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פותח על ידי קלירמאש פתרונות בע"מ -
The glycogen phosphorylase of Tetrahymena pyriformis. II. Inhibition and inactivation by EDTA and ATP and other kinetic properties
Year:
1971
Authors :
כהן, ורדה
;
.
Volume :
143
Co-Authors:
Kahn, V., Department of Physiology and Pharmacology, Duke University Medical Center, Durham, NC 27706, United States
Blum, J.J., Department of Physiology and Pharmacology, Duke University Medical Center, Durham, NC 27706, United States
Facilitators :
From page:
92
To page:
105
(
Total pages:
14
)
Abstract:
Some kinetic properties of an AMP-independent glycogen phosphorylase (EC 2.4.1.1) of Tetrahymena pyriformis have been examined. The Km value for glucose-1-phosphate was about 2.4 mm and was unaffected by AMP. Glucose-6-phosphate did not affect the activity of the enzyme, but UDPG and ATP inhibited, the former being more potent than the latter. When added to reaction mixtures, EDTA inhibited the activity of the enzyme very rapidly. This inhibition could not be reversed by the addition of divalent ions or by the removal of EDTA by dialysis or gel filtration. Preincubation of the enzyme with EDTA or ATP caused an irreversible inactivation. The rate of inactivation was slower than the rate of inhibition mentioned above. ATP was much less effective than EDTA in inactivating the enzyme. The inactivation caused by ATP was proportional to concentration and to time of exposure to ATP but the kinetics of EDTA inactivation were more complex. AMP and structurally related nucleoside monophosphates neither stimulated nor inhibited the activity of Tetrahymena phosphorylase but they could, however, protect the enzyme against the inhibiting effects of ATP and EDTA. There was a good correlation between the ability of nucleoside monophosphates to protect against ATP inactivation and against EDTA inhibition. During storage, however, the sensitivity of the enzyme to EDTA inactivation changed differently from its sensitivity to ATP inactivation, indicating that EDTA and ATP probably inactivated the enzyme by different mechanisms. The relative concentrations of UDPG, ATP, and AMP may play an important regulatory role in vivo. An additional regulatory mechanism, depending on the growth conditions of the organism, is possible since it was shown that phosphorylase isolated from glucose-grown cells was much more resistant to heat inactivation and to inhibition by EDTA and by ATP than the enzyme isolated from cells grown in the absence of glucose. © 1971.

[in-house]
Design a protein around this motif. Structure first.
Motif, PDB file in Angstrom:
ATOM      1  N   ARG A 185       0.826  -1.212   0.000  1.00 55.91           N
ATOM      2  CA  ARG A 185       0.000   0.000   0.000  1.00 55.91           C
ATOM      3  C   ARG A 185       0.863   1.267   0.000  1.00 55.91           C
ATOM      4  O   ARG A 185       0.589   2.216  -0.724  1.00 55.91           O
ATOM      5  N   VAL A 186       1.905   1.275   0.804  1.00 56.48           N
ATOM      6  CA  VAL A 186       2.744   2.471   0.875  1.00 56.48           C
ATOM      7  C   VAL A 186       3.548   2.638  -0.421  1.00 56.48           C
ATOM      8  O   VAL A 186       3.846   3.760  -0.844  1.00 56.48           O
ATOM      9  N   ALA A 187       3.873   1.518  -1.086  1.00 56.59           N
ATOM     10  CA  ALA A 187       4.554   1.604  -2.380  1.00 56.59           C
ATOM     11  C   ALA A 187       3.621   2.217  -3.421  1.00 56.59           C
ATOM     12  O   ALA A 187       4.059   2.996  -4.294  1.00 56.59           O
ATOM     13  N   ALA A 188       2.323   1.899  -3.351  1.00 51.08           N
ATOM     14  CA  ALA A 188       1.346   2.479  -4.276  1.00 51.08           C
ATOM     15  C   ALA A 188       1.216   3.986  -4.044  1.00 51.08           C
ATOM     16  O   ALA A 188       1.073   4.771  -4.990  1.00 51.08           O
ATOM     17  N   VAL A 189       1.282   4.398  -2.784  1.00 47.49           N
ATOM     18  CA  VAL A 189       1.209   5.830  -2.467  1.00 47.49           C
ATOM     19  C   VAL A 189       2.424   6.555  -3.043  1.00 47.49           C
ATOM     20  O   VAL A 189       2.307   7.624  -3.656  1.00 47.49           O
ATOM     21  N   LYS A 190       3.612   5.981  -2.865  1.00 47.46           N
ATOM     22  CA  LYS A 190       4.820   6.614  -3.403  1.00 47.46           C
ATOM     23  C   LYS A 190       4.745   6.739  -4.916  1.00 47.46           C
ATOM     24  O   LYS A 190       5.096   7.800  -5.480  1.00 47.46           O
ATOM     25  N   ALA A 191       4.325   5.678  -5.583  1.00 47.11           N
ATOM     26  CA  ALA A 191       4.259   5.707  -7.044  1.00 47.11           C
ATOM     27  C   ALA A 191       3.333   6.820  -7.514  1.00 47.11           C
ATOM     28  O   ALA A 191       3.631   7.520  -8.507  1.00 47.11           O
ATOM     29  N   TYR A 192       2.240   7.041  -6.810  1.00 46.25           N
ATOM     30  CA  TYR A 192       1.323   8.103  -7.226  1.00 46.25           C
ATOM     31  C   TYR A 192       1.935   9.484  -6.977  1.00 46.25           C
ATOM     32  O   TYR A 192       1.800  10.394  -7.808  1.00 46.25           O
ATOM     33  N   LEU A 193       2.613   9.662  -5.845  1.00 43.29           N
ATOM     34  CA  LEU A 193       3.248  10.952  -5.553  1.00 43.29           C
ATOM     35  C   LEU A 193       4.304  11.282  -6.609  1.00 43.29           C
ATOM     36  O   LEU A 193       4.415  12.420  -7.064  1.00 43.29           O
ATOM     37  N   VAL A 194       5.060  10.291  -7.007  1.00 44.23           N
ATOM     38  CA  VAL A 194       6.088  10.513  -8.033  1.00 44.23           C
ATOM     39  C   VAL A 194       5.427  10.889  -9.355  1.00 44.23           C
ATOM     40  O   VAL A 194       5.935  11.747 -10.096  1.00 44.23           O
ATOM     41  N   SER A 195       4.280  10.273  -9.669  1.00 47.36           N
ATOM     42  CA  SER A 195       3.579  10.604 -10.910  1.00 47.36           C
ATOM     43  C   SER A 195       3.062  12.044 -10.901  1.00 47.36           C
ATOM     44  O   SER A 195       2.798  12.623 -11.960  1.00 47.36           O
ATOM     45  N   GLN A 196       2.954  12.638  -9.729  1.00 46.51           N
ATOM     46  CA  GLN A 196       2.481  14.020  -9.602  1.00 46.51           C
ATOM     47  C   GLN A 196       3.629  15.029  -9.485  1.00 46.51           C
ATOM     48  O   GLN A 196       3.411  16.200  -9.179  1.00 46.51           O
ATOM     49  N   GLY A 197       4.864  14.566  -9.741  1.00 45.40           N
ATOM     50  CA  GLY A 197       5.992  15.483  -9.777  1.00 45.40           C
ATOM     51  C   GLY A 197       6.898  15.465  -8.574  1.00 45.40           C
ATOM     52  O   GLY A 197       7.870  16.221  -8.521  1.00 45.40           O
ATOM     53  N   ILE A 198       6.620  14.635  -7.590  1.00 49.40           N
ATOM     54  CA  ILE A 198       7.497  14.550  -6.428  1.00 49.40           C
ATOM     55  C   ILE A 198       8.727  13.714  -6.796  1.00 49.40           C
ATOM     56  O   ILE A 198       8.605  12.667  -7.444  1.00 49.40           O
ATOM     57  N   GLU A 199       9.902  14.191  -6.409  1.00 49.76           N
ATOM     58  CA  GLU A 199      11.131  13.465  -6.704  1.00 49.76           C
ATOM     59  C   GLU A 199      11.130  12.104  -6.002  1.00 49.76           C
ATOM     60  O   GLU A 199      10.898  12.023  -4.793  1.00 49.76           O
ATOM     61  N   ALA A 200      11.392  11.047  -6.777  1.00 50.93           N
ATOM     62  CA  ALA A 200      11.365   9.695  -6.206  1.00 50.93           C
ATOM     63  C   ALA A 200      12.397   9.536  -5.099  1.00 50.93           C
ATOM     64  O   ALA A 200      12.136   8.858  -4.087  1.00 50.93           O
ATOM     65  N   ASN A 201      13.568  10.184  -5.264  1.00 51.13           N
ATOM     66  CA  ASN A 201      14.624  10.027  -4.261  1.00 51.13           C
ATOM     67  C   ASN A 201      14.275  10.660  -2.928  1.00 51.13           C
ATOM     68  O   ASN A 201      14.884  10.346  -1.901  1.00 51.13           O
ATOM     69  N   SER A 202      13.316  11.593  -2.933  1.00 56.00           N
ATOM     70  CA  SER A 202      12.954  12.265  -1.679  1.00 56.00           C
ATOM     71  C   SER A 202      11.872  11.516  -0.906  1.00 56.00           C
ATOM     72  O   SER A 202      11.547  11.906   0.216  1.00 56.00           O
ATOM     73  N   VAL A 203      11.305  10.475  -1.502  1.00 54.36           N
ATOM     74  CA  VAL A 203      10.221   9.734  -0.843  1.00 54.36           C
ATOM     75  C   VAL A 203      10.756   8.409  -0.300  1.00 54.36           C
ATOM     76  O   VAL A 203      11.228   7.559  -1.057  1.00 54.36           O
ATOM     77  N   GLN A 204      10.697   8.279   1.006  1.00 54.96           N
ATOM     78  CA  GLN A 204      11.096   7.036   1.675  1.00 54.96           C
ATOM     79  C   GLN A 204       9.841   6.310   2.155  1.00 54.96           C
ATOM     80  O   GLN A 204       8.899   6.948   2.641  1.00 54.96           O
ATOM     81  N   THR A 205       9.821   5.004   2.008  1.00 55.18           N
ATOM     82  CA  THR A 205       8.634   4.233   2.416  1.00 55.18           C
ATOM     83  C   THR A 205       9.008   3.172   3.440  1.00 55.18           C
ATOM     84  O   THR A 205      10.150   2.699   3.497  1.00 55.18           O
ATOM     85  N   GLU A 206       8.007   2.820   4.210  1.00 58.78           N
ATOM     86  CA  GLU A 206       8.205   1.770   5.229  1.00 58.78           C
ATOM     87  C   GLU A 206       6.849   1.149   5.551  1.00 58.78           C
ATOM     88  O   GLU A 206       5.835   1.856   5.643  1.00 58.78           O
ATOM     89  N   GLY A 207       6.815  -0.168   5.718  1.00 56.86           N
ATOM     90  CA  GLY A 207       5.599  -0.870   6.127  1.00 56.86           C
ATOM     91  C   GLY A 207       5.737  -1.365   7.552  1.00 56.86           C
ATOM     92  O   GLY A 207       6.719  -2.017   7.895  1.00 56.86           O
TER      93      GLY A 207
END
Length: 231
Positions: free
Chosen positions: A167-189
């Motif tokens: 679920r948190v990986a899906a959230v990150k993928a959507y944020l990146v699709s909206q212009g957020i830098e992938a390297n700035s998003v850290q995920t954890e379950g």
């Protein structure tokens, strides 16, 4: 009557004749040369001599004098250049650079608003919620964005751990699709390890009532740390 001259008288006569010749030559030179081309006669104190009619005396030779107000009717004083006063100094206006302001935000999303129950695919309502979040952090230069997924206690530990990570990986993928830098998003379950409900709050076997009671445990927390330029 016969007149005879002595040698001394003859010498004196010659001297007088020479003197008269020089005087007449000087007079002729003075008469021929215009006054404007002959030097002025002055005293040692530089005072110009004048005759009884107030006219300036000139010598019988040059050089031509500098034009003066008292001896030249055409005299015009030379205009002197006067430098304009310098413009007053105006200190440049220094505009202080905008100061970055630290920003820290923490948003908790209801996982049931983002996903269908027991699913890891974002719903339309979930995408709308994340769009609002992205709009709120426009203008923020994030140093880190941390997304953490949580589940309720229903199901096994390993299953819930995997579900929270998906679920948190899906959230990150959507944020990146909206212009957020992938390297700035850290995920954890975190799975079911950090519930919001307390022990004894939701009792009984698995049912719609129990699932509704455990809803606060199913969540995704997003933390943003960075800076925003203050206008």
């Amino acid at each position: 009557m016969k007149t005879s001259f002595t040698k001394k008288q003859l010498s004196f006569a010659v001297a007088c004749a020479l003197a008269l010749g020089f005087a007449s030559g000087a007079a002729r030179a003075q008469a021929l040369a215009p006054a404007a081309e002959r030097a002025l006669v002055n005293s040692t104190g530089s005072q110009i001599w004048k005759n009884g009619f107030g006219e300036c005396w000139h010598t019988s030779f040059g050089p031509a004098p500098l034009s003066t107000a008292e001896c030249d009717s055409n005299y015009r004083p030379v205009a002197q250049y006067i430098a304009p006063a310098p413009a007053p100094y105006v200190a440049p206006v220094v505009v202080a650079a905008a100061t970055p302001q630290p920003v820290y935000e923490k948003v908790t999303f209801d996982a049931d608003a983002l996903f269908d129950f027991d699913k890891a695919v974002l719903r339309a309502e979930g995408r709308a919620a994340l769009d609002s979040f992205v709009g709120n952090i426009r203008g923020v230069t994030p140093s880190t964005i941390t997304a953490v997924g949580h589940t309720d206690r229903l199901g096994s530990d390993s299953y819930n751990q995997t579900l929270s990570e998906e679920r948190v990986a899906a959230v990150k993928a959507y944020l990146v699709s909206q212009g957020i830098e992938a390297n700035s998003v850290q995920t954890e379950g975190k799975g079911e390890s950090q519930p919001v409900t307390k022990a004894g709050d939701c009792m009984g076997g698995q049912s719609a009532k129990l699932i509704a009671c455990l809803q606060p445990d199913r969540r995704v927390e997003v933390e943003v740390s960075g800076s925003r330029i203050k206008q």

Note:
Related Files :
adenosine triphosphate
Animal
Drug Stability
drug storage
Growth, Development and Aging
עוד תגיות
תוכן קשור
More details
DOI :
10.1016/0003-9861(71)90188-3
Article number:
Affiliations:
Database:
סקופוס
Publication Type:
מאמר
;
.
Language:
אנגלית
Editors' remarks:
ID:
27542
Last updated date:
02/03/2022 17:27
Creation date:
17/04/2018 00:31
Scientific Publication
The glycogen phosphorylase of Tetrahymena pyriformis. II. Inhibition and inactivation by EDTA and ATP and other kinetic properties
143
Kahn, V., Department of Physiology and Pharmacology, Duke University Medical Center, Durham, NC 27706, United States
Blum, J.J., Department of Physiology and Pharmacology, Duke University Medical Center, Durham, NC 27706, United States
The glycogen phosphorylase of Tetrahymena pyriformis. II. Inhibition and inactivation by EDTA and ATP and other kinetic properties
Some kinetic properties of an AMP-independent glycogen phosphorylase (EC 2.4.1.1) of Tetrahymena pyriformis have been examined. The Km value for glucose-1-phosphate was about 2.4 mm and was unaffected by AMP. Glucose-6-phosphate did not affect the activity of the enzyme, but UDPG and ATP inhibited, the former being more potent than the latter. When added to reaction mixtures, EDTA inhibited the activity of the enzyme very rapidly. This inhibition could not be reversed by the addition of divalent ions or by the removal of EDTA by dialysis or gel filtration. Preincubation of the enzyme with EDTA or ATP caused an irreversible inactivation. The rate of inactivation was slower than the rate of inhibition mentioned above. ATP was much less effective than EDTA in inactivating the enzyme. The inactivation caused by ATP was proportional to concentration and to time of exposure to ATP but the kinetics of EDTA inactivation were more complex. AMP and structurally related nucleoside monophosphates neither stimulated nor inhibited the activity of Tetrahymena phosphorylase but they could, however, protect the enzyme against the inhibiting effects of ATP and EDTA. There was a good correlation between the ability of nucleoside monophosphates to protect against ATP inactivation and against EDTA inhibition. During storage, however, the sensitivity of the enzyme to EDTA inactivation changed differently from its sensitivity to ATP inactivation, indicating that EDTA and ATP probably inactivated the enzyme by different mechanisms. The relative concentrations of UDPG, ATP, and AMP may play an important regulatory role in vivo. An additional regulatory mechanism, depending on the growth conditions of the organism, is possible since it was shown that phosphorylase isolated from glucose-grown cells was much more resistant to heat inactivation and to inhibition by EDTA and by ATP than the enzyme isolated from cells grown in the absence of glucose. © 1971.
Scientific Publication
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